Strong competition on international routes and subdued demand due to the federal election has cut into revenue at Qantas.
Revenue fell 3% to $3.98 billion in the September quarter, however, some of the drop will be made up by continued cost cutting and lower fuel prices.
The airline says it expects a first half underlying profit before tax in the range of $800 million to $850 million.
That would be the third best first-half result in Qantas’ history but below the underlying profit before tax of $921 million in the first half of 2016.
Qantas posted a record full year underlying profit of $1.53 billion in August, a 57% improvement, completing one of Australia’s biggest corporate turnarounds. The improved profitability is on the back of a $2.1 billion transformation program.
“Like most carriers globally, we are seeing international air fares below where they were 12 months ago, but the impact of that is tempered by the competitive advantages we’ve been working hard to fortify including our strong domestic position and diversified Loyalty business,” CEO Alan Joyce told the ASX in a quarterly update.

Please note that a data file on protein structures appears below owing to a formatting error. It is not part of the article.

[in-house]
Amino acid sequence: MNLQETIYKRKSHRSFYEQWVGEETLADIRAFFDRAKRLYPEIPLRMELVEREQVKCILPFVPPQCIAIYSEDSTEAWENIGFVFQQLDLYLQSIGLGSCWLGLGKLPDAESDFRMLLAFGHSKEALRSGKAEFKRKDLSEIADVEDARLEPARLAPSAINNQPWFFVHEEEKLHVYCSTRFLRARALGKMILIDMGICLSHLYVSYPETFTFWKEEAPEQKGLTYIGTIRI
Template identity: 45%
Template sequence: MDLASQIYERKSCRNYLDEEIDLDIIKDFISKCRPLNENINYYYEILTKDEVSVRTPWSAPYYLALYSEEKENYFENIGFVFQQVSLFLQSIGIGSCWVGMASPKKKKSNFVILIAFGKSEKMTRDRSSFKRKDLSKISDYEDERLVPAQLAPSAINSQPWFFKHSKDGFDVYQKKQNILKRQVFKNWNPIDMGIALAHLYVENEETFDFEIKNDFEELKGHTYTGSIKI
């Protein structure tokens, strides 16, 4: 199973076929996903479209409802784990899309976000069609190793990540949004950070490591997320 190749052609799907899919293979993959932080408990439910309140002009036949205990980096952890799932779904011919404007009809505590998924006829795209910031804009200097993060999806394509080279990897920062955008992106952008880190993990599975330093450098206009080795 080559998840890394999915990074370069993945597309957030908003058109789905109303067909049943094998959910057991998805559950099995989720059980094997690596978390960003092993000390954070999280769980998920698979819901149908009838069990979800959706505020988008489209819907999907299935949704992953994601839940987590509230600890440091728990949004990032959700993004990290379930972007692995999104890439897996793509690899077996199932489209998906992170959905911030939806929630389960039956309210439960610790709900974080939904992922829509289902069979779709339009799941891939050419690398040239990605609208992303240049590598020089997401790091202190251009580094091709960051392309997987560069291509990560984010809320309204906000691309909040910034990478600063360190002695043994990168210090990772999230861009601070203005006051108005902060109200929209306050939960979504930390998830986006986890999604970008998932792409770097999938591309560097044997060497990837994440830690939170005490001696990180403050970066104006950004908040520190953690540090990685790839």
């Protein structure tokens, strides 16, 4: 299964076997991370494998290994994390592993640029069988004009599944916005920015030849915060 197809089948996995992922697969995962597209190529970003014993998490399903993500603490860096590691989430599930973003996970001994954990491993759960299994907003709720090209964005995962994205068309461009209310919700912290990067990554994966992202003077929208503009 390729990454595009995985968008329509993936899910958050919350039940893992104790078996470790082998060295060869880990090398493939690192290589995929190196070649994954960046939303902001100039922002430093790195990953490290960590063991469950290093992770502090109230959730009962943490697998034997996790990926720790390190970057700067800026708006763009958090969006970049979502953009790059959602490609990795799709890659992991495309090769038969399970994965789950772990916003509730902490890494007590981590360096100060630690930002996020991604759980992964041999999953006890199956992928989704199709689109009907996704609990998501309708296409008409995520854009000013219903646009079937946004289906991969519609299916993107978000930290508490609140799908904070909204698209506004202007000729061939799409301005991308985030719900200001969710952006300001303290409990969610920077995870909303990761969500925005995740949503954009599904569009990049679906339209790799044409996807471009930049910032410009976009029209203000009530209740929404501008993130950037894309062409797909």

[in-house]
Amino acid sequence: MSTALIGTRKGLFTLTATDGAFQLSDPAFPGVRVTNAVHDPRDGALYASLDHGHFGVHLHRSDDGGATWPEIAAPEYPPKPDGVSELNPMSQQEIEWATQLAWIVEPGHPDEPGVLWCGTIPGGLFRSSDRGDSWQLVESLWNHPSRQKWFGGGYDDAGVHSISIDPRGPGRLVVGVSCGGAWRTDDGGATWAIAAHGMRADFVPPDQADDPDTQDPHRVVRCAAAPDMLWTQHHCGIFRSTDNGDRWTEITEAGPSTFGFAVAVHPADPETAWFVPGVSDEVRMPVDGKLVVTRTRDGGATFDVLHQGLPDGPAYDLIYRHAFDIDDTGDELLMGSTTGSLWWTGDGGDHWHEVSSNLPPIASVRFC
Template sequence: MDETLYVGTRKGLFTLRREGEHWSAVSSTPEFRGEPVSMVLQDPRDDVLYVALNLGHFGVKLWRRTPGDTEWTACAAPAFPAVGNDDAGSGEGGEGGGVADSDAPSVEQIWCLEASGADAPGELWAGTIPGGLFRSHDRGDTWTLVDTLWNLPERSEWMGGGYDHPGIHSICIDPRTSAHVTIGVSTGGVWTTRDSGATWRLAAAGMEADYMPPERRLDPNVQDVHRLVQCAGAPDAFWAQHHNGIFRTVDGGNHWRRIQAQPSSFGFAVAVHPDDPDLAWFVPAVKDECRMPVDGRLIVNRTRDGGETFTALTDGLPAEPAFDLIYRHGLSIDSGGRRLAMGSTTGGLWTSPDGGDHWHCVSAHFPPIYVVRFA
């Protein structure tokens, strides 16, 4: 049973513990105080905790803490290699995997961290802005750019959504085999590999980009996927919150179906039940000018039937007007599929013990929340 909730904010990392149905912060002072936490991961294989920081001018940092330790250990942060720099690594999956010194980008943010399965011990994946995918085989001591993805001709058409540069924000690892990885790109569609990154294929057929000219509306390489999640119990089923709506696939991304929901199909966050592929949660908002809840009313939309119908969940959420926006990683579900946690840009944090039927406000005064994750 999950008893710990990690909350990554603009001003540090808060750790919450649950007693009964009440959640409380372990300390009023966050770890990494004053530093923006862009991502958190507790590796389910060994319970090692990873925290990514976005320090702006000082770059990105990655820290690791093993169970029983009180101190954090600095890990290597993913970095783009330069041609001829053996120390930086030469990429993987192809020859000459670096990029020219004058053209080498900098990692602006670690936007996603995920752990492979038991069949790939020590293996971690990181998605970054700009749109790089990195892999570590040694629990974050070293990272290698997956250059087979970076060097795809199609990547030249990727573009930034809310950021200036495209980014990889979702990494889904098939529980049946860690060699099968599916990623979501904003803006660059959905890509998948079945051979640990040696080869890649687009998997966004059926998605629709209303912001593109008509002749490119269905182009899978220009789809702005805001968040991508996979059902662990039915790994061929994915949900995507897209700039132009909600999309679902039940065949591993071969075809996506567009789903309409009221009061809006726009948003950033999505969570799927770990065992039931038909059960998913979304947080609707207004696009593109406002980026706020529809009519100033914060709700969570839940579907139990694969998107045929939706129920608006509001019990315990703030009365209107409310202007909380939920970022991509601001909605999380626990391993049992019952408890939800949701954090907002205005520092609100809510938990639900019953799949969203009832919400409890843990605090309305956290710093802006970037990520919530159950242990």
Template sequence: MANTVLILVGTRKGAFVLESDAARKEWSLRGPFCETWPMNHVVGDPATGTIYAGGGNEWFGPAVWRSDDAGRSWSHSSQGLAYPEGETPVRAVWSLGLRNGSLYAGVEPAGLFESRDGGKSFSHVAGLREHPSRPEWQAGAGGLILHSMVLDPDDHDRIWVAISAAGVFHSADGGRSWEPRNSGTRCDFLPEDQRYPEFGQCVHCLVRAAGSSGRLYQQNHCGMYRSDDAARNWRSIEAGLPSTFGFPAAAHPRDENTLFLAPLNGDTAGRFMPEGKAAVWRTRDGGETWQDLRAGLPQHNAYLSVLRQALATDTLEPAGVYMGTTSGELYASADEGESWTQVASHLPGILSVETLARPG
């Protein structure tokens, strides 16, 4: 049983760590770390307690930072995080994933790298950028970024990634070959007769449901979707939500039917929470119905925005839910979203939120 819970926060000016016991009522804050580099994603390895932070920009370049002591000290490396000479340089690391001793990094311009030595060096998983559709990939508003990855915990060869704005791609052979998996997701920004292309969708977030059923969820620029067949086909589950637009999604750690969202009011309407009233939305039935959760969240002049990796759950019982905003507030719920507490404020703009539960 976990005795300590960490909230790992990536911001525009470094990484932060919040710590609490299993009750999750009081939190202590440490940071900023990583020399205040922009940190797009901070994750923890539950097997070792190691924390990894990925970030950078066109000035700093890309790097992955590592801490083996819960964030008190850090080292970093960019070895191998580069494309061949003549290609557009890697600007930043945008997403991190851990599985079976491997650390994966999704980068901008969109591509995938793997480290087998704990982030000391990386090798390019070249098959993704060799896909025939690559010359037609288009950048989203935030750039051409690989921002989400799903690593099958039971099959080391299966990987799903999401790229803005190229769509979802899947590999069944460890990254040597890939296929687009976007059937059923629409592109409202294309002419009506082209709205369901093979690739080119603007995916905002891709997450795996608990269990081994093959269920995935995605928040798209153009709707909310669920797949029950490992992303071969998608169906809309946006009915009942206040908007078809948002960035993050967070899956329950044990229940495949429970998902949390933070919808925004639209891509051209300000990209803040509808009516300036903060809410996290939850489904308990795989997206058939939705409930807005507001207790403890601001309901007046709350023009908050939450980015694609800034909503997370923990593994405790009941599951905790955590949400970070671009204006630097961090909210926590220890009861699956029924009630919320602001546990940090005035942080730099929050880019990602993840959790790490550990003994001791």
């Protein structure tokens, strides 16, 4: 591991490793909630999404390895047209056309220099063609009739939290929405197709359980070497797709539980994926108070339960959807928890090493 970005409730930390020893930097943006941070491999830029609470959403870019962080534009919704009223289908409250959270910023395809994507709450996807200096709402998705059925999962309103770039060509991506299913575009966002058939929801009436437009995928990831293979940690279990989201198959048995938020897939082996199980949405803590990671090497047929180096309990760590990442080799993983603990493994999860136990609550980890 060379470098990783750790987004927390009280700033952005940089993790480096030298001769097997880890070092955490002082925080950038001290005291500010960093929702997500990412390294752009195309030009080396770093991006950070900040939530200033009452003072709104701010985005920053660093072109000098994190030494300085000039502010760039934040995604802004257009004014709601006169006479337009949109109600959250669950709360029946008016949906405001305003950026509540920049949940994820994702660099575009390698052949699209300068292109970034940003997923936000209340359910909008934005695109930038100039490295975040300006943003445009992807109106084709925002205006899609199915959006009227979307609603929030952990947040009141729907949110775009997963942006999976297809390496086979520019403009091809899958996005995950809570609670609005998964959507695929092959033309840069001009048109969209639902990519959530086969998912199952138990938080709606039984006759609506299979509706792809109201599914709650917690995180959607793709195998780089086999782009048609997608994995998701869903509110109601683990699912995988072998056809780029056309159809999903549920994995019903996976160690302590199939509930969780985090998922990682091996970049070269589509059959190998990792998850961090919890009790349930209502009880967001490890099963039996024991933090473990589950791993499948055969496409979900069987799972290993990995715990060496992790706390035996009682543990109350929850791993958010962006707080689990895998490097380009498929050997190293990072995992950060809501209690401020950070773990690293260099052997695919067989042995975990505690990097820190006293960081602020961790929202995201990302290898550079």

“We remain disciplined on cost, continue to manage capacity carefully to match demand, and have secured the benefit of lower fuel prices through our hedging. And at the same time, we will continue to invest in building the Group’s long term competitive advantages, including our brand, customer service and product.”
Domestic Qantas and Jetstar revenue fell 2.9% in the first three months of the financial year.
The airline says July and August were impacted by the overhang of weak demand around the federal election. Market conditions in September reverted to the more stable environment seen before the run-up to the election.
Qantas International, Jetstar International and Jetstar Asia revenue fell 6.9% with lower fuel prices and higher levels of market capacity growth resulting in more competitive pricing.